Online commenters on Virgin Islands news sites, colloquially known as “bloggers,” often find themselves under fire from politicians and the wider community. Comments that are trolling or offensive are common everywhere, but in a small community they tend to feel unusually personal. Some argue that the comments misrepresent the VI to those abroad; others go as far as calling for censorship. A Beaconite sympathises: Her blood often boils while reading some of the nastier comments. However, she has also observed that throughout human history, censoring opinions, no matter how offensive, usually has not ended well. She thinks that in most cases people condemning the “bloggers” would do better to look in their own backyards for what they can do to improve the territory rather than blaming others who often are simply observing what they see, no matter how skewed their perspective. Meanwhile, the rude commenters should clean up their act and make every effort to be constructive and civil.
On Friday, a Beaconite took the opportunity to get the Covid-19 vaccine, and she’ll candidly say she didn’t feel great in the next 24 hours, waking up several times that evening from body aches. But after a good night’s sleep on Saturday she felt much better. The reporter will gladly trade one day of discomfort for potentially two weeks of extreme fatigue, shortness of breath, fevers or worse. She would like to compliment the Virgin Islands medical teams tasked with managing the rollout of a health campaign that — like so many aspects of life over the past year — is unlike any other. She thought it smart that the clinic in Pockwood Pond waited until five visitors were prepared to get the shot before opening the bottle to avoid wastage. The Beaconite didn’t mind chilling for a few minutes with her book to help things along and ensure the distribution of shots was done as efficiently as possible. The friendly medical staff certainly helped reassure the reporter given her fear of needles. And getting the shot that afternoon provided the perfect excuse to stop by a nearby Italian grocery for a bit of chocolate. The Beaconite understands well that some community members may still have reservations about getting a shot, but she hopes that anyone who is hesitant feels comfortable reaching out to medical professionals in the territory to get their questions answered.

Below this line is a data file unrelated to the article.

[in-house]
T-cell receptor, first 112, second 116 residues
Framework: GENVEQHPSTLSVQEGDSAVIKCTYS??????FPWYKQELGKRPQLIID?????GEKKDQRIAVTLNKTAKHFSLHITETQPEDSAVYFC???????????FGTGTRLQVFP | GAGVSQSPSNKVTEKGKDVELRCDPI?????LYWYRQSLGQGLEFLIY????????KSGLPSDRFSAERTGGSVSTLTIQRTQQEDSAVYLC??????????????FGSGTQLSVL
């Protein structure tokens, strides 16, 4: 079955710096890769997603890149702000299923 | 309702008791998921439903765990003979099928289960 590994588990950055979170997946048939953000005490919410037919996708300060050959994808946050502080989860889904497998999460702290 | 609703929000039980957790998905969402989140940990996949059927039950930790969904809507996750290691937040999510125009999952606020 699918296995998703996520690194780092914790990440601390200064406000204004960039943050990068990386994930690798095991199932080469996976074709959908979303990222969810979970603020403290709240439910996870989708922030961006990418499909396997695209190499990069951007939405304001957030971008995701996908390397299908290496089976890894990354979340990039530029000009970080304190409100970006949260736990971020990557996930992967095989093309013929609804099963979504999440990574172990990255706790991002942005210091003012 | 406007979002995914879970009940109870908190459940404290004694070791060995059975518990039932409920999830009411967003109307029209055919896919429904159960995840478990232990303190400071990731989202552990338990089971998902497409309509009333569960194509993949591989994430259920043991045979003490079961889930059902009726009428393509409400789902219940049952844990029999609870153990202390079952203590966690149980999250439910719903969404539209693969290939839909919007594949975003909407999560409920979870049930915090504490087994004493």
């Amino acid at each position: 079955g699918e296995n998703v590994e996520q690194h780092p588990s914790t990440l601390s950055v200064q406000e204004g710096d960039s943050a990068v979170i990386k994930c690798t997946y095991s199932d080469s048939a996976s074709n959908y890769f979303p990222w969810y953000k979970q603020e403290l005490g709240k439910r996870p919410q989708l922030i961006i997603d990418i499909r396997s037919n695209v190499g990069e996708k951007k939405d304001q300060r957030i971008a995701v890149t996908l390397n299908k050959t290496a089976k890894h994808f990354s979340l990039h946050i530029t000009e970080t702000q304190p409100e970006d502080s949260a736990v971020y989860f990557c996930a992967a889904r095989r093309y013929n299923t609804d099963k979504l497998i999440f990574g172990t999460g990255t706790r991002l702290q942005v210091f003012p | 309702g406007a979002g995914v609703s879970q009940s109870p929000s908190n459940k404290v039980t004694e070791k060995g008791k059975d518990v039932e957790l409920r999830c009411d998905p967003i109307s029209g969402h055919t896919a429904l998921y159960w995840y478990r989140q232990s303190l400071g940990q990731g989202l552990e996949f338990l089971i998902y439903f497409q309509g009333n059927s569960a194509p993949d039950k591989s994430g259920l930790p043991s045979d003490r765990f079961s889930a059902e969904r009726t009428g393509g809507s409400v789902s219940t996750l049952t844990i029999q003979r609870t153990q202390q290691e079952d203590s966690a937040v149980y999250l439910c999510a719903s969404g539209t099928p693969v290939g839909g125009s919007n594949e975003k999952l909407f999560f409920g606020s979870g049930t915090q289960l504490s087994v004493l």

More press conferences
In the eighteen months that a Beaconite has been covering courts and crime for this newspaper, he has been invited to only two police press conferences. The first was in November, after police made the largest land-based cocaine seizure in United Kingdom history; the second was last Thursday, two days after a man was gunned down in Fish Bay in broad daylight. Both sessions were informative: At each, Police Commissioner Michael Matthews and other members of the National Security Council gave thorough speeches updating the public about the territory’s crime situation. They also responded candidly to journalists’ questions, even if they did withhold some details that the Beaconite thinks would have benefitted the public. Though he is thankful police organised the two press conferences — and that Mr. Matthews typically returns his phone calls — he thinks such sessions should be held consistently, not just after a staggering drug raid or tragic killing. After the shooting on March 16, the Beaconite was moved by the accounts of residents scared that they or their families could be affected by the violence. He was also concerned that these same residents didn’t know what the police were doing to tamp down on this violence — or did know, and felt that the efforts were not good enough. Regular updates on the state of crime in the Virgin Islands and on the police force’s response would bring comfort to a population that is increasingly uneasy. It would probably also encourage witnesses to come forward to help police catch criminals.
Bananas and plantains
Many may know the culinary difference between plantains and bananas. A Beaconite did a little research and learned some of the main differences between the two look-alikes. Plantains are high in complex carbohydrates and have more starch and less sugar than bananas. They are usually cooked and are high in nutrients. Bananas, meanwhile, are high in potassium.